Aerial view of the caldera of Mt Tambora at the island of Sumbawa, Indonesia

This detailed astronaut photograph depicts the summit caldera of the volcano. The huge caldera—6 kilometres in diameter and 1,100 meters deep—formed when Tambora’s estimated 4,000-meter-high peak was removed, and the magma chamber below emptied during the 1815 eruption. Today the crater floor is occupied by an ephemeral freshwater lake, recent sedimentary deposits, and minor lava flows and domes emplaced during the nineteenth and twentieth centuries. Layered tephra deposits are visible along the north-western crater rim. Active fumaroles, or steam vents, still exist in the caldera.

Mount Tambora, or Tomboro, is an active stratovolcano in the northern part of Sumbawa, one of the Lesser Sunda Islands of Indonesia. It was formed due to the active subduction zones beneath it, and before its 1815 eruption, it was more than 4,300 metres (14,100 feet) high, making it one of the tallest peaks in the Indonesian archipelago.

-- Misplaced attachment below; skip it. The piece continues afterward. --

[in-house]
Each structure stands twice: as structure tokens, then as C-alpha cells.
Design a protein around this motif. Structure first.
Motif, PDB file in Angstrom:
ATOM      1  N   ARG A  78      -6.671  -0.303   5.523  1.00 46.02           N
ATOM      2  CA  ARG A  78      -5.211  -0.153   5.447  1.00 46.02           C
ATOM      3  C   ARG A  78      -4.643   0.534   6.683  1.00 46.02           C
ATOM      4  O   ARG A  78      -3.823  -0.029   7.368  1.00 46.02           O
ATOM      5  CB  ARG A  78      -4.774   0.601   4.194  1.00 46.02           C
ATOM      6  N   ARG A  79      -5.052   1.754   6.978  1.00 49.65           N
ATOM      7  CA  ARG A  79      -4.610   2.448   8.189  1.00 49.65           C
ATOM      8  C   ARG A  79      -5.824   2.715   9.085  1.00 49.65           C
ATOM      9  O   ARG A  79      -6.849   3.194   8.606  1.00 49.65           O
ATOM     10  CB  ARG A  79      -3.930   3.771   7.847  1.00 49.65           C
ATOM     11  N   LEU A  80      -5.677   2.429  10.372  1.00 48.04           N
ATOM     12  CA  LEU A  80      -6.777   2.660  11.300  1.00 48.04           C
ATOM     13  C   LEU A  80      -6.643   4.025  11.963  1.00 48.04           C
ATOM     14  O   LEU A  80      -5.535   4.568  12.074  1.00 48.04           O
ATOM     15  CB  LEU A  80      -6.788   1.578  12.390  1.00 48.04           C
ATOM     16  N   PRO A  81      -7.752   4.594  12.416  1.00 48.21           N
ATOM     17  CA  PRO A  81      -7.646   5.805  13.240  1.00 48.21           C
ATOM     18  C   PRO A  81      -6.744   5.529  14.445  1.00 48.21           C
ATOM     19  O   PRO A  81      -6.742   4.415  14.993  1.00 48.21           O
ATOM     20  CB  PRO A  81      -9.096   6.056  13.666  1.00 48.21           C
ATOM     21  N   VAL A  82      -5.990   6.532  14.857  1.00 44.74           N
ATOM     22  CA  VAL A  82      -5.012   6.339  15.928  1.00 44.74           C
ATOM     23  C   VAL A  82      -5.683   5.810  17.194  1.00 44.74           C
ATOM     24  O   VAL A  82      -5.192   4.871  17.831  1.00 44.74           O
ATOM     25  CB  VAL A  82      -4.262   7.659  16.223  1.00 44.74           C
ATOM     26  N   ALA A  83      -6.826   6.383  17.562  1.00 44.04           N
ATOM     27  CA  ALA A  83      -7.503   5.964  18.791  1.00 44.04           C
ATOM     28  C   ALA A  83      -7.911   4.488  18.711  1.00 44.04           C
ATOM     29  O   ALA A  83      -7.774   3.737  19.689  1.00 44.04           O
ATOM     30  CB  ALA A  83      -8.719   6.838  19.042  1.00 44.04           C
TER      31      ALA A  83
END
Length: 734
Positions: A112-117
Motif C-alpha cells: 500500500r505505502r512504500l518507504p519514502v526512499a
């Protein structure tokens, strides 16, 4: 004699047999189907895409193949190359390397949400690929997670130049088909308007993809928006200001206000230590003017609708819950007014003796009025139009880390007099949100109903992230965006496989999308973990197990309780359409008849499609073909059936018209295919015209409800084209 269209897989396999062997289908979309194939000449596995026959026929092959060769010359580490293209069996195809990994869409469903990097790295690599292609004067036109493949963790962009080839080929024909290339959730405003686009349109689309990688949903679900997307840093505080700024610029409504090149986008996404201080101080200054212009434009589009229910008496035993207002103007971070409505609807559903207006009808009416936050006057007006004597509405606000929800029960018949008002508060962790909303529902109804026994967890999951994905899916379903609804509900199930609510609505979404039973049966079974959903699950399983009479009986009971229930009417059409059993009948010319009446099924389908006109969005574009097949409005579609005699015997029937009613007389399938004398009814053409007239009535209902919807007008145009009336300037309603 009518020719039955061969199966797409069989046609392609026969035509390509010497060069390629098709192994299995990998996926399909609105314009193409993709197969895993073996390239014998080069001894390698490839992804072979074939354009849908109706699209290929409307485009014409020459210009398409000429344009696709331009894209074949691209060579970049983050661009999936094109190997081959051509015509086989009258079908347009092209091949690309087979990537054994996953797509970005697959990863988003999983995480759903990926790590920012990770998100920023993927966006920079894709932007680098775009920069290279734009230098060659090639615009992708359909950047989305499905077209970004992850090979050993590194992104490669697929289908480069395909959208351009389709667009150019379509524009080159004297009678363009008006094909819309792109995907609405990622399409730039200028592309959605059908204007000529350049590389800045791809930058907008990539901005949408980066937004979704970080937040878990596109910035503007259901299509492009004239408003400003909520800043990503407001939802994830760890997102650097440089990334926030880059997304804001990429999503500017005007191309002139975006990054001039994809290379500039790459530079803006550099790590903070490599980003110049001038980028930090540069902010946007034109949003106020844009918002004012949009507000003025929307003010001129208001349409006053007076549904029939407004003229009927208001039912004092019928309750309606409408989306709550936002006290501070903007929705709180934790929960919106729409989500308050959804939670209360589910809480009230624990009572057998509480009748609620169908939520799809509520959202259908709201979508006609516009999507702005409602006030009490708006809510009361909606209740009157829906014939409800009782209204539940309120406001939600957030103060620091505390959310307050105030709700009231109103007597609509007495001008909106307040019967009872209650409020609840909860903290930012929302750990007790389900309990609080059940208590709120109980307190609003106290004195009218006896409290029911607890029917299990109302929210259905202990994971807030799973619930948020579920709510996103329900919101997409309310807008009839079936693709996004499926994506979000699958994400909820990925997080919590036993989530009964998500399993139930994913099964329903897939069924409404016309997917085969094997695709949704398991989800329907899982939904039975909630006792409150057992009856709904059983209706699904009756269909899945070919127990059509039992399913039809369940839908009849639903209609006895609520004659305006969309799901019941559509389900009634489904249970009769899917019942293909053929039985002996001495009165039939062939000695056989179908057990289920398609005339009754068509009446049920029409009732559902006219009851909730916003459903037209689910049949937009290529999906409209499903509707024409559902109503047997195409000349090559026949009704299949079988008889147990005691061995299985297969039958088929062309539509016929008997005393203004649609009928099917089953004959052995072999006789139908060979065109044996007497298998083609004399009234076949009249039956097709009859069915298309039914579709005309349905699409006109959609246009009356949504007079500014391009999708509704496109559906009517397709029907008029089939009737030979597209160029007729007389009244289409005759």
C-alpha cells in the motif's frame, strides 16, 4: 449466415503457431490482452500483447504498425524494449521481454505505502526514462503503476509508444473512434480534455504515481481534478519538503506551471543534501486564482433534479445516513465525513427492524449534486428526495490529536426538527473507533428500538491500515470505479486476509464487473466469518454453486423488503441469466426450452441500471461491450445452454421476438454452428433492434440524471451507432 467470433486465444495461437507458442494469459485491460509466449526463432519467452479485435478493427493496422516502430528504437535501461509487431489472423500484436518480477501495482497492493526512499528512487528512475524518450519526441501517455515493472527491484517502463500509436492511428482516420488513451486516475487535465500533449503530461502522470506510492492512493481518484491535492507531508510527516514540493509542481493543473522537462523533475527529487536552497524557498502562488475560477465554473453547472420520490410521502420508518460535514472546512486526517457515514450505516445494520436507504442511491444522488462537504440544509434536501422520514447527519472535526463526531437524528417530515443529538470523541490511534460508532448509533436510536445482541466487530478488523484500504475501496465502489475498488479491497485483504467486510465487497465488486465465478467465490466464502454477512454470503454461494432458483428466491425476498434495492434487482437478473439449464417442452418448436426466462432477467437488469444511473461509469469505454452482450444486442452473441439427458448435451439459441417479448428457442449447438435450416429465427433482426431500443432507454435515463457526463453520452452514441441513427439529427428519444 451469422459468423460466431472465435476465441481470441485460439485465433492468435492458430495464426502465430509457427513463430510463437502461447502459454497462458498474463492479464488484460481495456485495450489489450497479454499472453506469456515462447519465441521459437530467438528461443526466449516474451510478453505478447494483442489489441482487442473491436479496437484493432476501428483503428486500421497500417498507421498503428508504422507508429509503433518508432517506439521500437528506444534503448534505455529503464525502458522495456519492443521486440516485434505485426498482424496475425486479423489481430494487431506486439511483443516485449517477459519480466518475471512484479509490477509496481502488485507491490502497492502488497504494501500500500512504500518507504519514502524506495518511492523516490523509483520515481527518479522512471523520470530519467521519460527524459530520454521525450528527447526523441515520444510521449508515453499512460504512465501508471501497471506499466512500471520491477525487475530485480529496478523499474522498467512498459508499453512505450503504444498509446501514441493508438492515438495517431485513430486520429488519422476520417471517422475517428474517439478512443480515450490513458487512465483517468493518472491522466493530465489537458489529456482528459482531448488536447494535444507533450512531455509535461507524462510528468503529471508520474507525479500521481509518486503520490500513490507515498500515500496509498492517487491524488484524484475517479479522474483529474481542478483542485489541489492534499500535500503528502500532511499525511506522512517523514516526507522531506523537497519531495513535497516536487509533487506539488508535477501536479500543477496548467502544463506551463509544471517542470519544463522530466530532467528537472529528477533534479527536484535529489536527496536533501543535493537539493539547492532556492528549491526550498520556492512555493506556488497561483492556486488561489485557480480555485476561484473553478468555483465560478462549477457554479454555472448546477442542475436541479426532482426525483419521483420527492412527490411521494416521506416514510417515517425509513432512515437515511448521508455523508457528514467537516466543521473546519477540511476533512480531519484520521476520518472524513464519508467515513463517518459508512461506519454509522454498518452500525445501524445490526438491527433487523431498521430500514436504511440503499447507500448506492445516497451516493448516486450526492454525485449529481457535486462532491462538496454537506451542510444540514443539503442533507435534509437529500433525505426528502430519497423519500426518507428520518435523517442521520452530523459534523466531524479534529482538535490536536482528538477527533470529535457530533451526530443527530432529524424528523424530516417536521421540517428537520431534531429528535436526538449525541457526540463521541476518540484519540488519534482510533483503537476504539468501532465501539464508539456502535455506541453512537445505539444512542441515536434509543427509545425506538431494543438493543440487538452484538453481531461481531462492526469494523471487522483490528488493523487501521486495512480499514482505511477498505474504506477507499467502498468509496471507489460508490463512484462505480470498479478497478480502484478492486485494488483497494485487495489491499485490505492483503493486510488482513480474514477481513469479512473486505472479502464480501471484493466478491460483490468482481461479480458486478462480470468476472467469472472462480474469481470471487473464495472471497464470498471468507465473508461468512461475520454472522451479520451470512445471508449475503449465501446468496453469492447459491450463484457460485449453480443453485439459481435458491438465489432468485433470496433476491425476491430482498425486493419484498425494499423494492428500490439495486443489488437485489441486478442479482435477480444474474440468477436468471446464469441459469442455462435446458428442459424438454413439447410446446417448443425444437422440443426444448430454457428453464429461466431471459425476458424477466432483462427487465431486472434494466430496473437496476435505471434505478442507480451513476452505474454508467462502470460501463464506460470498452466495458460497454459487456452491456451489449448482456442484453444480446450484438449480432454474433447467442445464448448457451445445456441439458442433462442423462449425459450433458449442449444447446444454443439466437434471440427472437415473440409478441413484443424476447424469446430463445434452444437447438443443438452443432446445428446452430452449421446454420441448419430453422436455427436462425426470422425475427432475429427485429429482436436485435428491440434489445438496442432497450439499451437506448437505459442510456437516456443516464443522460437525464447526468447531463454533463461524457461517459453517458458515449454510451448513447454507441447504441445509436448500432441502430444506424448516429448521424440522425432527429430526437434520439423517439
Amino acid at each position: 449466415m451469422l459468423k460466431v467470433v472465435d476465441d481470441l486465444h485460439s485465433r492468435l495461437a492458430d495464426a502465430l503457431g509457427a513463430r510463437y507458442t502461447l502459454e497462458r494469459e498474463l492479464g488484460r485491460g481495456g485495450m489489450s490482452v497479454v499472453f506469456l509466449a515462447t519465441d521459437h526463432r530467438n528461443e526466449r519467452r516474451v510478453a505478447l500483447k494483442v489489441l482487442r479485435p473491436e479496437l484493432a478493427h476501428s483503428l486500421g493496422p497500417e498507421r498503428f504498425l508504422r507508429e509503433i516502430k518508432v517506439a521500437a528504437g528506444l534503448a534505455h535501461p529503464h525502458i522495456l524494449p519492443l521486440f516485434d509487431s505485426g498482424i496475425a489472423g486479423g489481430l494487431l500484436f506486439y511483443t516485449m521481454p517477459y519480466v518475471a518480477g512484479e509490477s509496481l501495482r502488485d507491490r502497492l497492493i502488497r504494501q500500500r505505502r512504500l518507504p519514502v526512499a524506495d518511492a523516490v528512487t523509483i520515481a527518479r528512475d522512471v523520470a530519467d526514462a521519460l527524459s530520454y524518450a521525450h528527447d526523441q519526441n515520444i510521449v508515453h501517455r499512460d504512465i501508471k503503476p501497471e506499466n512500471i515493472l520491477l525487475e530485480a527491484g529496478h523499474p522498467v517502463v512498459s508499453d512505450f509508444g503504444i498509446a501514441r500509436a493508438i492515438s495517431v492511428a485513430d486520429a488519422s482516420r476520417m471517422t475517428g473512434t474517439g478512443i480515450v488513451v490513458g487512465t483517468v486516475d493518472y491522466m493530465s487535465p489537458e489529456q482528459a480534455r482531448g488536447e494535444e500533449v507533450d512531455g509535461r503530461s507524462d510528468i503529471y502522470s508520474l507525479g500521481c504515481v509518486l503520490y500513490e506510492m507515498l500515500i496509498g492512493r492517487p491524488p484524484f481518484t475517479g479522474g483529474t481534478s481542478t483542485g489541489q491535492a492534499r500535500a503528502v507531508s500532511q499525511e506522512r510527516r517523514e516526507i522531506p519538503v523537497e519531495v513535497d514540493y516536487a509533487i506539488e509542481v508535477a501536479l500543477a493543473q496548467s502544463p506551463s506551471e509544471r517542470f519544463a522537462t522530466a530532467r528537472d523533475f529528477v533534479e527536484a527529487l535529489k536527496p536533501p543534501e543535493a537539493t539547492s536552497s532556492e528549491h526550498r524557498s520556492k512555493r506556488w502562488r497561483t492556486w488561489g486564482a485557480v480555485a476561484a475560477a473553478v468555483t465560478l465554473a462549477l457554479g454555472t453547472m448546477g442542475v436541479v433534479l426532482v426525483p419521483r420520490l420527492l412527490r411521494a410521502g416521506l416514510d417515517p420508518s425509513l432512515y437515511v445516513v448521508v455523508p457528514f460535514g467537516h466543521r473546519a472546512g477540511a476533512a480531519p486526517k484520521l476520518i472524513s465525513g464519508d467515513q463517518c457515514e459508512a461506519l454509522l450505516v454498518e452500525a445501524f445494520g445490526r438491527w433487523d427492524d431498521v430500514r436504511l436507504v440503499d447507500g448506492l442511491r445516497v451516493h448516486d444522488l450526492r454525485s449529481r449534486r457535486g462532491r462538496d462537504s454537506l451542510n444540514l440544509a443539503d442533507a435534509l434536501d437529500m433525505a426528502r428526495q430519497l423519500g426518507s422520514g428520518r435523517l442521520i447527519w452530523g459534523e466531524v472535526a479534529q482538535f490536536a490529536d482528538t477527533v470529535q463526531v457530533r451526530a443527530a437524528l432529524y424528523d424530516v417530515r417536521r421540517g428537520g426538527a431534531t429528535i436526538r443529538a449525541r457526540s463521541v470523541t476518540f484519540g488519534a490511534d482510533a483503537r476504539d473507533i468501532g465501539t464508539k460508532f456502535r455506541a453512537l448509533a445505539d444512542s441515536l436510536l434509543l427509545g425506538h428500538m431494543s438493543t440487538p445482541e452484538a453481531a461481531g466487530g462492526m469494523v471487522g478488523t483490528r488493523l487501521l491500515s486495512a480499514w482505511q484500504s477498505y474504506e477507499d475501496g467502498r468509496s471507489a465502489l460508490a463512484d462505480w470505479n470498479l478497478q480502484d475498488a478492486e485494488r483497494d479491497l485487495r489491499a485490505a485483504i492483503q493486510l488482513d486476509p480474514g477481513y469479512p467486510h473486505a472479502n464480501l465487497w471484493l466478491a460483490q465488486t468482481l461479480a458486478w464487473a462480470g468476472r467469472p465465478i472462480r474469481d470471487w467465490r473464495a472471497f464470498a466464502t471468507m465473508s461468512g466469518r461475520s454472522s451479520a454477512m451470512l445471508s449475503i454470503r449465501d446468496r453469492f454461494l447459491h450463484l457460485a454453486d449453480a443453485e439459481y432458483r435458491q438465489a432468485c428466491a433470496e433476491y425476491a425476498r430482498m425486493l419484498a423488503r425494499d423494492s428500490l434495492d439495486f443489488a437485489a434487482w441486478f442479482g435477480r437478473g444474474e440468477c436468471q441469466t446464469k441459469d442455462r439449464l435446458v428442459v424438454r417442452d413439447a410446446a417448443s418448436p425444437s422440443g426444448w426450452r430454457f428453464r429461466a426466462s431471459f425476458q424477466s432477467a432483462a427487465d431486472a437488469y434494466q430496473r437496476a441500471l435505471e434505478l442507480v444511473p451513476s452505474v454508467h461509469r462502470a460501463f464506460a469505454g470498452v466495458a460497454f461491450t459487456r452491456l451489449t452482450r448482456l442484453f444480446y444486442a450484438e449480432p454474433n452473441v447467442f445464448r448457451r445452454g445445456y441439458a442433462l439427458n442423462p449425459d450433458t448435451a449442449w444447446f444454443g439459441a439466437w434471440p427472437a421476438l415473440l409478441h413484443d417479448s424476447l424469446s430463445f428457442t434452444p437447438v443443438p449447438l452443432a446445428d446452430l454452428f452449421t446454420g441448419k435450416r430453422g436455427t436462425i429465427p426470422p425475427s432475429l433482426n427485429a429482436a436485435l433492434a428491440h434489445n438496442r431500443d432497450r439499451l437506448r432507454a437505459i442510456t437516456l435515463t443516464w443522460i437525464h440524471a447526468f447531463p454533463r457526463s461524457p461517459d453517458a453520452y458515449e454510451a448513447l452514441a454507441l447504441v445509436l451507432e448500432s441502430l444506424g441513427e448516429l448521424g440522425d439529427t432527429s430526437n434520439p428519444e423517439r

Tambora's 1815 eruption was the largest in recorded human history. The magma chamber under Tambora had been drained by pre-1815 eruptions and underwent several centuries of dormancy as it refilled. Volcanic activity reached a peak that year, culminating in the eruption. The explosion was heard on Sumatra island, more than 2,000 kilometres (1,200 miles) away. Heavy volcanic ash rains were observed as far away as Borneo, Sulawesi, Java and Maluku islands, and the maximum elevation of Tambora was reduced from about 4,300 metres (14,100 ft) to 2,850 metres (9,350 feet). Although estimates vary, the death toll was at least 71,000 people. The eruption caused global climate anomalies in the following years, while 1816 became known as the "year without a summer" due to the impact on North American and European weather. In the Northern Hemisphere, crops failed and livestock died, resulting in the worst famine of the century.

During a 2004 excavation, archaeologists discovered the remains of a house destroyed and buried by the 1815 eruption. The site has remained intact beneath three metres of pyroclastic deposits and provides insight into the culture that vanished. Today, Mount Tambora is closely monitored for volcanic activity; a powerful eruption would affect millions of Indonesians. The mountain is administered by the Bima Regency in the northeast and by the Dompu Regency in the west and south.